One of my absolute favorite features of Firefox is the ability to quickly bounce back and forth between certain tabs by hitting cmd-<#> (e.g., cmd-1 takes you to the first tab, cmd-9 takes you to the last tab, etc.). I always keep Gmail in the first tab and Google Reader in the second, and I find myself jumping to the last tab as often as the first two.1 Needless to say, I hit cmd-1, cmd-2 and cmd-9 constantly; it’s been pure muscle-memory for years.
The problem with Safari/WebKit
If you’ve ever tried cmd-<#> in Safari/WebKit, you know that it doesn’t work the same as in Firefox; instead of going to a specific tab, it loads, in the current tab, the bookmark from your Bookmarks Bar that corresponds to the particular number. For example, if the first bookmark in your Bookmarks Bar is for Gmail, then cmd-1 will load Gmail in your current tab. In my opinion, this system is an utter waste of some of the best available keyboard shortcuts (and it really screws up my browser workflow).
Fortunately, as of Safari/WebKit v3.0, you actually can target particular tabs with AppleScript. With that in mind, the solution involves invoking a particular AppleScript for the particular tab position you want to jump to, and assigning the invocation to a certain keyboard shortcut (e.g., cmd-1).2
With respect to the second half of the solution — i.e., correlating certain keyboard shortcuts with the execution of certain AppleScripts — you’re going to want to get something like Daniel Jalkut’s (fantastic!) FastScripts.3
As explained above, I care about being able to bounce between just three tabs — (1) Gmail, (2) Google Reader and (x) the last tab — and so I created three AppleScripts, as shown below. (Though I list the three AppleScripts I created for my use case, let’s just assume for the rest of this piece that you only want to be able to jump to the first tab.)
Go to the first tab:
tell front window of application WebKit to set current tab to tab 1
Go to the second tab:
tell front window of application WebKit to set current tab to tab 2
Go to the last tab (I assign this to cmd-3, instead of Firefox’s cmd-9):
tell front window of application WebKit to set current tab to last tab
After creating the AppleScript, name it whatever you like, and save it to ~/Library/Scripts/Applications/WebKit/. If you want this to work in Safari, then you’ll need to change each instance of WebKit to Safari. If you want this to work in either browser, but with just a single AppleScript for each tab you want to target (instead of two), check out Gruber’s solution for dynamically targetting either Safari or WebKit.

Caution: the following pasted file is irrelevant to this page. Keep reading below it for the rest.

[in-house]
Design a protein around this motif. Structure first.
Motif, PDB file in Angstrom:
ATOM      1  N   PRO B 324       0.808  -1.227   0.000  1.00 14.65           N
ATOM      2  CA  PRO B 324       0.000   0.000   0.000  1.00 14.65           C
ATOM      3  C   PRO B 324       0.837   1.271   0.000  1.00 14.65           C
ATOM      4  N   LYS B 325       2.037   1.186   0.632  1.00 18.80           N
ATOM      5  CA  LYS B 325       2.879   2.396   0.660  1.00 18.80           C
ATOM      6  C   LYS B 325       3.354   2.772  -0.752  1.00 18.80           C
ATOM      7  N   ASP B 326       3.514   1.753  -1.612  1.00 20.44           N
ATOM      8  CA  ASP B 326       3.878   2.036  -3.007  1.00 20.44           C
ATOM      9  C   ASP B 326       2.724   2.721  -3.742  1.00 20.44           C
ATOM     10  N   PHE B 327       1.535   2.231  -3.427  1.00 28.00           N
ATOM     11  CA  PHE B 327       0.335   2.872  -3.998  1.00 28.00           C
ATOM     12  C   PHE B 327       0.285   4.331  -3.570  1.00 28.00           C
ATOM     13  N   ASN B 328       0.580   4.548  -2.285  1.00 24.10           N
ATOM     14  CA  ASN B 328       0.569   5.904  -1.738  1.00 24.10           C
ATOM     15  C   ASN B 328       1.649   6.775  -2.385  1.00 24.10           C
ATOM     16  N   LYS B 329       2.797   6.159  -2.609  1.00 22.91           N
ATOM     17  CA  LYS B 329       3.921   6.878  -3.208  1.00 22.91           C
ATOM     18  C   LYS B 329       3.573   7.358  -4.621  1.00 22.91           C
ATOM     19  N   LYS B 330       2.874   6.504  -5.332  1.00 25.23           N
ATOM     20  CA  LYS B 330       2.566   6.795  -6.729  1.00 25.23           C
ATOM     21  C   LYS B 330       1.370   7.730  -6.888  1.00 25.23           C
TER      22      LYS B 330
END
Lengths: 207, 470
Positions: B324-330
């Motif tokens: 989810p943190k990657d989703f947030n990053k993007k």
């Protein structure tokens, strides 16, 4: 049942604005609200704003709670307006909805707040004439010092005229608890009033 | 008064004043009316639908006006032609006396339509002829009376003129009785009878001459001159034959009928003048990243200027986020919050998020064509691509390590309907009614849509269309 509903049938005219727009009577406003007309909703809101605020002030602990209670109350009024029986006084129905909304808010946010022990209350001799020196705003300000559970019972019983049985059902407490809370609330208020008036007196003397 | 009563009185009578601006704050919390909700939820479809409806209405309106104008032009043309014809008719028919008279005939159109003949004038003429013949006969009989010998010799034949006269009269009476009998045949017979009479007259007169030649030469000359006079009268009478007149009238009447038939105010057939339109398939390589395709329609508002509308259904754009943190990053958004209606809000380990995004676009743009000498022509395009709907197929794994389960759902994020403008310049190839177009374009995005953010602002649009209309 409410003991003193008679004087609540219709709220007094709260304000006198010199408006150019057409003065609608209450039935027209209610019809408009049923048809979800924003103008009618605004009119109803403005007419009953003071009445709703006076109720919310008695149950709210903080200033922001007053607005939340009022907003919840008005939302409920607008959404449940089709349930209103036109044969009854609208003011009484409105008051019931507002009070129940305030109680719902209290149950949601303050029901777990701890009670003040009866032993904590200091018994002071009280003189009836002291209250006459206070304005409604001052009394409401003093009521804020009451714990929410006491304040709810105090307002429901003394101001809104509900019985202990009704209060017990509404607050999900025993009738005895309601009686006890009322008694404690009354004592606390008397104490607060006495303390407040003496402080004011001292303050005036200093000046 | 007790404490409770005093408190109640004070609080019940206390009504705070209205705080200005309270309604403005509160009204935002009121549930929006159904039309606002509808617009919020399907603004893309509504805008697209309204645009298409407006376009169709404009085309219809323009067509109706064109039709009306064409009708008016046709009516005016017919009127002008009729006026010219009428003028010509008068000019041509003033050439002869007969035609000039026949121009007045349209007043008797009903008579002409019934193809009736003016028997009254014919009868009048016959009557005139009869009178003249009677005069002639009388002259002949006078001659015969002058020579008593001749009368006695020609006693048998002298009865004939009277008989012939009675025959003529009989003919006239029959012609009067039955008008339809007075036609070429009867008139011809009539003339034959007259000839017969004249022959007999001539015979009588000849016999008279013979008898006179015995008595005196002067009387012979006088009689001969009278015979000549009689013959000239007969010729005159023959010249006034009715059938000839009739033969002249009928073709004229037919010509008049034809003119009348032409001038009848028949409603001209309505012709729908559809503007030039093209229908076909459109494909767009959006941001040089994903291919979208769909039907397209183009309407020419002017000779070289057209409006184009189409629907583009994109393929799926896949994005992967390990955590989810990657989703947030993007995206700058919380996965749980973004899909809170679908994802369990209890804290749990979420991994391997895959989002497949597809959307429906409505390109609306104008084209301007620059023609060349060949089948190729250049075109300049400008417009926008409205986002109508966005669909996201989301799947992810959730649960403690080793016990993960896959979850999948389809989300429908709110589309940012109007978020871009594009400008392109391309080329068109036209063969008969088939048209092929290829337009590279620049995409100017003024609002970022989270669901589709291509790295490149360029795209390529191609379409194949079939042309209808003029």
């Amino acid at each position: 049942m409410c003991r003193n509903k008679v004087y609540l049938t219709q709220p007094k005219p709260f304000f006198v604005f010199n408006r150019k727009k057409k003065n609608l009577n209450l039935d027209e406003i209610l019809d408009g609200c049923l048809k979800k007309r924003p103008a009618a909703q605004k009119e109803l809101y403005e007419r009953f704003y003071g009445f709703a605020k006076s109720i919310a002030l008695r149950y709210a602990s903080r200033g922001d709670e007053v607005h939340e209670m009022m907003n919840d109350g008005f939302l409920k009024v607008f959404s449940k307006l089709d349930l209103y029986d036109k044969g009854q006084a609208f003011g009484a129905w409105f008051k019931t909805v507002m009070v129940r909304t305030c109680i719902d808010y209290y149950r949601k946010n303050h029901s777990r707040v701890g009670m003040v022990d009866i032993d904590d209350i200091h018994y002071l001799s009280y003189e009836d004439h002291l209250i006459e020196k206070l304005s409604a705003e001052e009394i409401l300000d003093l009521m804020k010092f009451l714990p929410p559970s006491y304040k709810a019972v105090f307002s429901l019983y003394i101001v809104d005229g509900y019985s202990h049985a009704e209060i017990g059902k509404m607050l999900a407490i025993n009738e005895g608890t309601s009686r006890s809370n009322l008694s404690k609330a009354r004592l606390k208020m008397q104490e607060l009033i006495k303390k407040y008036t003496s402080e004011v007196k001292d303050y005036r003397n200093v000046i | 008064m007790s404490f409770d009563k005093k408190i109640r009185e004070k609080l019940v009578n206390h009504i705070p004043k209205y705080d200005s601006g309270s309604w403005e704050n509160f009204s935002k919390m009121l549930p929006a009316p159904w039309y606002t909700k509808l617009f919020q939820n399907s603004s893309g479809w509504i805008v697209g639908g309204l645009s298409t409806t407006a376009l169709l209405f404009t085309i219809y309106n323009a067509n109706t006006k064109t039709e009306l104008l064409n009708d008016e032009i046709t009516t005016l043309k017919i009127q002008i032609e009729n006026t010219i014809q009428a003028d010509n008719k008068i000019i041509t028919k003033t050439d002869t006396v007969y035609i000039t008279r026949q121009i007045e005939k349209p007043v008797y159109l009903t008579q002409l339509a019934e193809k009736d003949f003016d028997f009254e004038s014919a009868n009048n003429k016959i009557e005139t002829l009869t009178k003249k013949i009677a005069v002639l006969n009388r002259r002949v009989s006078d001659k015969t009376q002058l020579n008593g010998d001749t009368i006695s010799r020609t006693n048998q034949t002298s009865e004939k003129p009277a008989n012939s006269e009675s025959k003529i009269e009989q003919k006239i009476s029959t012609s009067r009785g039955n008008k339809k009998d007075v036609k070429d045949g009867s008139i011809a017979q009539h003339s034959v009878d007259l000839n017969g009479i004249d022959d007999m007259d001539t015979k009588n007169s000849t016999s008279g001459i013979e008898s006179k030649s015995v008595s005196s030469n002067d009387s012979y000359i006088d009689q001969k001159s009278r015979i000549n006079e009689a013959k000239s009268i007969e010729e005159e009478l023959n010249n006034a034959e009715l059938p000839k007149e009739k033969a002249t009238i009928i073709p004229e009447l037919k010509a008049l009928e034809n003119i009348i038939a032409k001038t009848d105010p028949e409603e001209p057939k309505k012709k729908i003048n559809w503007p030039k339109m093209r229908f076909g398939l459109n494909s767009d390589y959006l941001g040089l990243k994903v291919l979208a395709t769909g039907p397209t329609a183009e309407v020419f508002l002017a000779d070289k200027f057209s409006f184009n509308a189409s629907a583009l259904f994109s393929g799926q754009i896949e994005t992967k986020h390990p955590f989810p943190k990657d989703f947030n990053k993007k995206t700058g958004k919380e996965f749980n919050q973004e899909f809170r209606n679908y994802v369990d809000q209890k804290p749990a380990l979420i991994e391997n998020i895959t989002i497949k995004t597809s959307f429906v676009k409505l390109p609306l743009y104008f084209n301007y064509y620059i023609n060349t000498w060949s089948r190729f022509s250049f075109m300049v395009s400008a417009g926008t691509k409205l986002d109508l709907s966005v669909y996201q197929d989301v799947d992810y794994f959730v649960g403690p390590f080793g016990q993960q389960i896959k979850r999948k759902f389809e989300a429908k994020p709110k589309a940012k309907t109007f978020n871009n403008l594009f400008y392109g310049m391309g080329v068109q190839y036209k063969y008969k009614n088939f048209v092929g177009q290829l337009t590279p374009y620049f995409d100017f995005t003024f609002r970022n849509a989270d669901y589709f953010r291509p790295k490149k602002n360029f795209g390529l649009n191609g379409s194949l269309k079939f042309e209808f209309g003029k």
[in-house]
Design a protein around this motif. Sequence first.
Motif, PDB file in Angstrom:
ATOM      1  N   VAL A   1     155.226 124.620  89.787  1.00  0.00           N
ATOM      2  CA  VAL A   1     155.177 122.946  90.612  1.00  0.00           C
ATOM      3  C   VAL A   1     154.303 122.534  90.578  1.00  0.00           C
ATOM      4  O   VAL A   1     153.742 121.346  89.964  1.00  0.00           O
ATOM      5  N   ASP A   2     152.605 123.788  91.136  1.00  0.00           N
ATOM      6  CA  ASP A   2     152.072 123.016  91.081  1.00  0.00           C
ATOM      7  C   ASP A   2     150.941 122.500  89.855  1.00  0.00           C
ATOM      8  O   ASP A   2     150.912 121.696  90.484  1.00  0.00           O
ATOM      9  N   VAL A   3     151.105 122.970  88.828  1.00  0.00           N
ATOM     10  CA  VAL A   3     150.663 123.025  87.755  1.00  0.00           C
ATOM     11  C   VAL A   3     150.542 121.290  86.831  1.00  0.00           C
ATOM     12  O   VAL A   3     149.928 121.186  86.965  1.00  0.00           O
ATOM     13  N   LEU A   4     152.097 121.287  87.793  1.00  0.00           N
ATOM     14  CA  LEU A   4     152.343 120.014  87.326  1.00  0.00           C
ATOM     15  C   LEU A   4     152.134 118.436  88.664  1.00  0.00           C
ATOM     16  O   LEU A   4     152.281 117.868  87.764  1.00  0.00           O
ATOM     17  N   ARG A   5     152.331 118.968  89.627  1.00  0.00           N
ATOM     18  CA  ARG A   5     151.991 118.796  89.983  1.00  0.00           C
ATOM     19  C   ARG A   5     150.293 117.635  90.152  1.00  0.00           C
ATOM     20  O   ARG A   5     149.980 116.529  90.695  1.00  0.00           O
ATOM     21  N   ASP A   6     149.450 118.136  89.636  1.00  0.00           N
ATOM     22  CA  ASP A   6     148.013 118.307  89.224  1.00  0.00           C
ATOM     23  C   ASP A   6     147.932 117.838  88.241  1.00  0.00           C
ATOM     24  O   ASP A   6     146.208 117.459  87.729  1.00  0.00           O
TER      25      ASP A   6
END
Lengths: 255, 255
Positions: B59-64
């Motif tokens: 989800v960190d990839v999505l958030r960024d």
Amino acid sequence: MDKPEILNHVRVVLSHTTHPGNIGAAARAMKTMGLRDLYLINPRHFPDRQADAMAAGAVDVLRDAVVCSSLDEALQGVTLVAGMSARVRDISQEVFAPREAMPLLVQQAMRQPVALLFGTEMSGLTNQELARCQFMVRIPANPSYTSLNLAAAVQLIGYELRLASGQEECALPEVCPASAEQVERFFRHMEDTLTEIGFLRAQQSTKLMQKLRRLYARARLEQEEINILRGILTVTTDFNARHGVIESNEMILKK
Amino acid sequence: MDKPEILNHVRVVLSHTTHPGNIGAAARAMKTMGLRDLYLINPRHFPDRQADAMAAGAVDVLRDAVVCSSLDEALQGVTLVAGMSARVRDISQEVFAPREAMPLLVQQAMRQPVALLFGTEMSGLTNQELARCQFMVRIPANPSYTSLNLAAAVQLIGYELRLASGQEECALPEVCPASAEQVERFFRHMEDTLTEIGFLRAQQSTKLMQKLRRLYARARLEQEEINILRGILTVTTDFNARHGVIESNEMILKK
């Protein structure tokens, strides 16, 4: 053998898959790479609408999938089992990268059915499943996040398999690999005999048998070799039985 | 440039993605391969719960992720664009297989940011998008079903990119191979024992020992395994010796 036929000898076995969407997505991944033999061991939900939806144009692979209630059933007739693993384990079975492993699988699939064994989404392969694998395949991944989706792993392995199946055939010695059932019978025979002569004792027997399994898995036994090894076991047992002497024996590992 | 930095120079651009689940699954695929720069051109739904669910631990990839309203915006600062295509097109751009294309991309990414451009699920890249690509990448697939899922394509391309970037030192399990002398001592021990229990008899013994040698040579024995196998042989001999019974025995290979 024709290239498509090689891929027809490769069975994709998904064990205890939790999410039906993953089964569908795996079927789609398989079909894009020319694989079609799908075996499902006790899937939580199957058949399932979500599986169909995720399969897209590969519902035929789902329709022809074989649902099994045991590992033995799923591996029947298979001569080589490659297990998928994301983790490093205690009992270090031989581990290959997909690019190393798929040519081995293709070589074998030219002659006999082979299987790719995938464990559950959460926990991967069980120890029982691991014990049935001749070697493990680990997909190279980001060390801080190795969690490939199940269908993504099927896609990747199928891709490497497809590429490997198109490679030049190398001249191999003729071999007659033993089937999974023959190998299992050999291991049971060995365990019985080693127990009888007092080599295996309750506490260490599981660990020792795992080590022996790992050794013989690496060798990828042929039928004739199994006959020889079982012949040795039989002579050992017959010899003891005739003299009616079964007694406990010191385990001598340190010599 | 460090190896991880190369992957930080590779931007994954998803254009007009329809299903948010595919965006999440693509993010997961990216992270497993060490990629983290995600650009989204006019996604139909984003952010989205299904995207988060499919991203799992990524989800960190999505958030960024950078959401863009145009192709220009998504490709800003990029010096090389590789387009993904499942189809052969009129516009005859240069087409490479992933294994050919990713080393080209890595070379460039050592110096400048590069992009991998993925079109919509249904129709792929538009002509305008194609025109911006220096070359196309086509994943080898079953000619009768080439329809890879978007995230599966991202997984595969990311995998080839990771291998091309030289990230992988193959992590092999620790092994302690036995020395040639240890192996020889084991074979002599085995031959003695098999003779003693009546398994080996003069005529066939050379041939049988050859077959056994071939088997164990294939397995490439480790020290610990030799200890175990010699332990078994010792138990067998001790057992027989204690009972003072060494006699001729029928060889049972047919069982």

After saving the AppleScript, go to System Preferences > Keyboard & Mouse > Keyboard Shortcuts. Click the + sign, choose WebKit and give Menu Title the same name as your first Bookmarks Bar bookmark (i.e., what currently is associated with cmd-1). For Keyboard Shortcut, just make up some nonsensical shortcut you’ll never actually want to use (e.g., cmd-option-ctrl-x).
Next, jump to Preferences > Script Shortcuts within FastScripts; the application should have noticed when you earlier saved the AppleScript to the WebKit folder, and so WebKit should be in the list of applications presented to you. Click the triangle next to WebKit and you should see the AppleScript you saved. All that’s left to do is to assign the cmd-1 keyboard shortcut to the AppleScript, and maybe restart WebKit.4
It often is the case, as I’m blazing through Google Reader or reading an article in another tab, that I’ll want to switch to the link I just opened in a background tab, and instead of having to scroll to it, I just punch cmd-9. I usually have 75-100 tabs open, so scrolling them to the end (and eventually back to the first and second tabs) can be very annoying in either browser (even if you use something like SafariStand, which allows you to actually scroll through all of them in Safari/WebKit). ↩
Yes, I could have done this through Quicksilver (or the fantastic Launchbar, which is what I currently use (much more on that in a future post)), and without using any AppleScript, but that requires a few more steps than I’d like for something I use so frequently. ↩
For those wondering, I’m now using FastScripts instead of SizzlingKeys with regard to giving my Griffin Powermate system-wide control of iTunes. (There was nothing wrong with SizzlingKeys, I just wanted to consolidate.) ↩
I’m really not sure whether restarting the application is necessary. For what it’s worth, there seem to be a lot of inconsistencies, at least on my machine, with regard to when the keyboard shortcuts actually take — it’s quite frustrating. To that end, it’s still not entirely clear to me that you have to assign some other keyboard shortcut to bookmarks in the Bookmarks Bar before using FastScripts to associate cmd-<#> with the respective AppleScript. Indeed, as I type this, my cmd-1, cmd-2 and cmd-3 FastScripts assignments are working beautifully within WebKit, but the WebKit menus still show cmd-2 and cmd-3 next to the second and third bookmarks in my Bookmarks Bar, while the correct, nonsensical shortcut appears next to the first bookmark. *shrug* ↩